The Beekeepers: How Humans Changed the World of Bumble Bees (Scholastic Focus)
Scientific advances have furnished our understanding of bumblebees allowing us to feel affectionate towards them rather than scared. Dana Church shares responsibility for this change with her splendid book, The Beekeepers. This is very much a ‘who knew?’ kind of book, offering a lot more than we realized. But in fairness, though we acknowledge plentiful new information, Charles Darwin and other notable 19th and 20th-century scientists were well aware of bumblebees’ significant role in nature.
We learn how bumblebees, prolific pollen-gatherers, became world citizens, transported across the world from home base to Iceland, Chile, the United States, and Canada, Japan, and beyond. Their physiological make-up and generously furry backs, the massive importance of commercial colonies, the impact of pesticides are part of the story. We are relieved at their resistance to Colony Collapse Disorder (CCD) which is now decimating the world’s honey bee population.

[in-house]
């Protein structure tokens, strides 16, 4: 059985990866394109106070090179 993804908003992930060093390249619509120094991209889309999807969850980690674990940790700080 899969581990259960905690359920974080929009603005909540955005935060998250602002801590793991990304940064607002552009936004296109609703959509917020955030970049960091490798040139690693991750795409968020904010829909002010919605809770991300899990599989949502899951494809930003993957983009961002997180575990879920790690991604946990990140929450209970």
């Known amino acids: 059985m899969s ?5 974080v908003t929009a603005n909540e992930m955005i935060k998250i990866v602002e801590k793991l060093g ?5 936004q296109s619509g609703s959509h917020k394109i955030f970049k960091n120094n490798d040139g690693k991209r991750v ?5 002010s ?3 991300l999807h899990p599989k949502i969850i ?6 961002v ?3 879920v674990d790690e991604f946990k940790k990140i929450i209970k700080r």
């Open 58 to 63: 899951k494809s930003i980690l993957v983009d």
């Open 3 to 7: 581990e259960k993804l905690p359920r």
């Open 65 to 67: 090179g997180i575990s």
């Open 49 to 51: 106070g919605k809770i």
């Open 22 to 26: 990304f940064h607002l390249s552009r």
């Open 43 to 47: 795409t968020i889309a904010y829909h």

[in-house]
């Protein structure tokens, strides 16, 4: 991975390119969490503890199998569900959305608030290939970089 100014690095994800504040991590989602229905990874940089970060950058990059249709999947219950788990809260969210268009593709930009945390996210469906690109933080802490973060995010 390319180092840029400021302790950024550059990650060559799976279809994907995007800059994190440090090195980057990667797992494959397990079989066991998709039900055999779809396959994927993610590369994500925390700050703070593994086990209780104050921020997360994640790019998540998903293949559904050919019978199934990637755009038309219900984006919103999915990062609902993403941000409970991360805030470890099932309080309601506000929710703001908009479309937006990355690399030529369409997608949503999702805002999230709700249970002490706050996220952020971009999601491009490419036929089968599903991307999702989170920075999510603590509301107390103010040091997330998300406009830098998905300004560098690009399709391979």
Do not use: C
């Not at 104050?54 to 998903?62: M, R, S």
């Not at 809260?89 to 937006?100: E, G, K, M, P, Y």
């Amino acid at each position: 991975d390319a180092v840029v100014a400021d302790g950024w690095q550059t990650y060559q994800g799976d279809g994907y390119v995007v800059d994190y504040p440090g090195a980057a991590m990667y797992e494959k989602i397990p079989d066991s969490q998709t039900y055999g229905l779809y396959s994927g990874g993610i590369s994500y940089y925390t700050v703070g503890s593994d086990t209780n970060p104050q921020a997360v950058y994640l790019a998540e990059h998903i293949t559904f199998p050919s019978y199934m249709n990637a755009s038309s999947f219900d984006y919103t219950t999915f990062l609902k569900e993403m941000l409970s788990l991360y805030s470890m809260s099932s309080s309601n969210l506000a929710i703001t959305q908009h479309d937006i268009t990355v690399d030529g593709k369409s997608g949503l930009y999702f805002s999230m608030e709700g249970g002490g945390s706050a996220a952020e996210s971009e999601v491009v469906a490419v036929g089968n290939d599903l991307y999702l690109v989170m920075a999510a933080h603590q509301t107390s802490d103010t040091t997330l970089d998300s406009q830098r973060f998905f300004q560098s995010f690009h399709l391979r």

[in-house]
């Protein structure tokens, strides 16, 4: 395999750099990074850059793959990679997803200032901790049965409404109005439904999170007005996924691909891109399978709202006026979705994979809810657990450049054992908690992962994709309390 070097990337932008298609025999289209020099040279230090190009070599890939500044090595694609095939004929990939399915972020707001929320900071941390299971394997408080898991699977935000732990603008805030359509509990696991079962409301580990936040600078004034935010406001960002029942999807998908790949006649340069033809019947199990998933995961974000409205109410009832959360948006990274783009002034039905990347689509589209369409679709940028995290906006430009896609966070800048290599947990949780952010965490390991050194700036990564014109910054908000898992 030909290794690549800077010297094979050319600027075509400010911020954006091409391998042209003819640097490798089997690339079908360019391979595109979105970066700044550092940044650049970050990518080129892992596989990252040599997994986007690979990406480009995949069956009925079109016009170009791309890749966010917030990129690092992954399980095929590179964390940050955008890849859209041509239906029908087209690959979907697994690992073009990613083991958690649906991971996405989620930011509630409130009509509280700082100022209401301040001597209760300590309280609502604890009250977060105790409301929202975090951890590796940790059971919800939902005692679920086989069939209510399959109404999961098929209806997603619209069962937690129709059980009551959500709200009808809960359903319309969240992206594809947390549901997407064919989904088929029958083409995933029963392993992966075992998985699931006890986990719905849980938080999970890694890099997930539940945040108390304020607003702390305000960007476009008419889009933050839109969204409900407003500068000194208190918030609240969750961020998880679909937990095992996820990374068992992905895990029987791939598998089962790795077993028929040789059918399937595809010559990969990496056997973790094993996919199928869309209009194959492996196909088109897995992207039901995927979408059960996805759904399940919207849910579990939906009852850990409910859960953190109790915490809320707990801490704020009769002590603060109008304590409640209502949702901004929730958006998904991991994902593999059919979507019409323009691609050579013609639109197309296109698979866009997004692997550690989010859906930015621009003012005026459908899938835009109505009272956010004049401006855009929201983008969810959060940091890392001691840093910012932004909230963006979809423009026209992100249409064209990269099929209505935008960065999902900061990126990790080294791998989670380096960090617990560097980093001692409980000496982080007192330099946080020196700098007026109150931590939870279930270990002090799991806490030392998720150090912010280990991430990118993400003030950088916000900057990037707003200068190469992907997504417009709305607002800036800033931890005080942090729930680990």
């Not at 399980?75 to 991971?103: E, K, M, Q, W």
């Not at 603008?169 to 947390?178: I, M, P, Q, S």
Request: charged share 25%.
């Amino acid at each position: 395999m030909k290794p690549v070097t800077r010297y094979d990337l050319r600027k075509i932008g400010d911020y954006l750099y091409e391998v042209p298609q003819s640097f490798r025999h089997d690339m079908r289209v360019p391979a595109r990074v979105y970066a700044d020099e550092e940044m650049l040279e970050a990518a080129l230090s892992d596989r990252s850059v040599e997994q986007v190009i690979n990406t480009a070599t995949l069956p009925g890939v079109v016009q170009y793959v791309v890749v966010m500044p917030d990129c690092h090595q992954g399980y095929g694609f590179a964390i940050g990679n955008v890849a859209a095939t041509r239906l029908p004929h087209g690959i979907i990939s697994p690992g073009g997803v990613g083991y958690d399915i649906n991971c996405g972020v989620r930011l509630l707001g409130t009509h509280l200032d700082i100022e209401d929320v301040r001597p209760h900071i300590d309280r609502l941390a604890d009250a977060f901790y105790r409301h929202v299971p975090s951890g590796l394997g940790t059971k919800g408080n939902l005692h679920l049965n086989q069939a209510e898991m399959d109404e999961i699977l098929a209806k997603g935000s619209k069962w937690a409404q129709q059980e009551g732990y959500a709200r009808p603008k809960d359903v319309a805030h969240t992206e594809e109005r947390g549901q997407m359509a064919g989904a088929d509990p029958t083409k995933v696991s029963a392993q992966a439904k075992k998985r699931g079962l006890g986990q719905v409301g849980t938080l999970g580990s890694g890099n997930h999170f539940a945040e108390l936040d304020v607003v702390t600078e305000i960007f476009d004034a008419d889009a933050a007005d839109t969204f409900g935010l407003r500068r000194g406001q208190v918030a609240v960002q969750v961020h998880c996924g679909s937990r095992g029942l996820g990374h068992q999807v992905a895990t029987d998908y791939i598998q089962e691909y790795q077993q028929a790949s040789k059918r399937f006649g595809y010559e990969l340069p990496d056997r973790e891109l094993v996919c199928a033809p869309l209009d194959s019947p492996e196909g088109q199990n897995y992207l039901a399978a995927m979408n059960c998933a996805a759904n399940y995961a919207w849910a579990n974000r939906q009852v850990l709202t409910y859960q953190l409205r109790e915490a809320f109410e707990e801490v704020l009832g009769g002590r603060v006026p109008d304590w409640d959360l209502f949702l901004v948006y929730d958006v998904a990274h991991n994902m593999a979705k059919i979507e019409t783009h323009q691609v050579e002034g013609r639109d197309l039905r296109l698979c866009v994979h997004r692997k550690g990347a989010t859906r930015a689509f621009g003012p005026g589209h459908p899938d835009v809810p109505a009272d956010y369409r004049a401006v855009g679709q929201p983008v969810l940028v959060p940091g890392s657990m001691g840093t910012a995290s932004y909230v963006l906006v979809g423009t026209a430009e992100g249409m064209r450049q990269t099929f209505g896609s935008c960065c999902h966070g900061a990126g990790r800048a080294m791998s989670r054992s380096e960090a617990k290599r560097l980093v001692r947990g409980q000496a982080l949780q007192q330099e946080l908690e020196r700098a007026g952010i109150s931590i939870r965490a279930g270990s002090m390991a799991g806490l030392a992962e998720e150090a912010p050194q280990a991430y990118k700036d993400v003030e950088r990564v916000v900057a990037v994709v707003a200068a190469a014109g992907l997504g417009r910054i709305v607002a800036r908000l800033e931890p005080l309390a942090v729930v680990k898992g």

Publishers surely recognize the book is too long and complex to promote solely for kids in Third through Seventh Grades, their eyes glued to their phones, but definitely worthwhile for all folk interested in the natural world. Easy to read, detail-packed, The Beekeepers has plentiful illustrations to interrupt the text.
|Author||Dana L. Church|
|Page Count||320 pages|
|Bookshop.org||Buy this Book|
|Category||Science & Nature|